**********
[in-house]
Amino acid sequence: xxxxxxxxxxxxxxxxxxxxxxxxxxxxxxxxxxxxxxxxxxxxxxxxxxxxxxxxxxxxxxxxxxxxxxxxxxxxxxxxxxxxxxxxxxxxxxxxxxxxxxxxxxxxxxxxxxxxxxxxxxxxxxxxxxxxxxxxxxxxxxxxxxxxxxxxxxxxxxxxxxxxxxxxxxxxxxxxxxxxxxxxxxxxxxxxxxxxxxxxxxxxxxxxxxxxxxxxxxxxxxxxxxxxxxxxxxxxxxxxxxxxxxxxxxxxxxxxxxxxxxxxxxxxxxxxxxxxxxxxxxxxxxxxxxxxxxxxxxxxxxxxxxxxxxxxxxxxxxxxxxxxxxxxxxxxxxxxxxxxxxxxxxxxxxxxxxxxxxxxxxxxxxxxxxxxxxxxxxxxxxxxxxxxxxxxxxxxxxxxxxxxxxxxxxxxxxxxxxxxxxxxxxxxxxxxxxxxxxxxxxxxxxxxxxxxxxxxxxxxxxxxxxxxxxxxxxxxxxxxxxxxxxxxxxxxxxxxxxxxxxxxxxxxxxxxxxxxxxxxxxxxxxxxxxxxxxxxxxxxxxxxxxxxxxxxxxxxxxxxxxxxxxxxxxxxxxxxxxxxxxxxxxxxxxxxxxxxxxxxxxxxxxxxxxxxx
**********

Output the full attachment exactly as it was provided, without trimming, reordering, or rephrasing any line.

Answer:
[in-house]
Amino acid sequence: xxxxxxxxxxxxxxxxxxxxxxxxxxxxxxxxxxxxxxxxxxxxxxxxxxxxxxxxxxxxxxxxxxxxxxxxxxxxxxxxxxxxxxxxxxxxxxxxxxxxxxxxxxxxxxxxxxxxxxxxxxxxxxxxxxxxxxxxxxxxxxxxxxxxxxxxxxxxxxxxxxxxxxxxxxxxxxxxxxxxxxxxxxxxxxxxxxxxxxxxxxxxxxxxxxxxxxxxxxxxxxxxxxxxxxxxxxxxxxxxxxxxxxxxxxxxxxxxxxxxxxxxxxxxxxxxxxxxxxxxxxxxxxxxxxxxxxxxxxxxxxxxxxxxxxxxxxxxxxxxxxxxxxxxxxxxxxxxxxxxxxxxxxxxxxxxxxxxxxxxxxxxxxxxxxxxxxxxxxxxxxxxxxxxxxxxxxxxxxxxxxxxxxxxxxxxxxxxxxxxxxxxxxxxxxxxxxxxxxxxxxxxxxxxxxxxxxxxxxxxxxxxxxxxxxxxxxxxxxxxxxxxxxxxxxxxxxxxxxxxxxxxxxxxxxxxxxxxxxxxxxxxxxxxxxxxxxxxxxxxxxxxxxxxxxxxxxxxxxxxxxxxxxxxxxxxxxxxxxxxxxxxxxxxxxxxxxxxxxxxxxxxxxxxxxxxx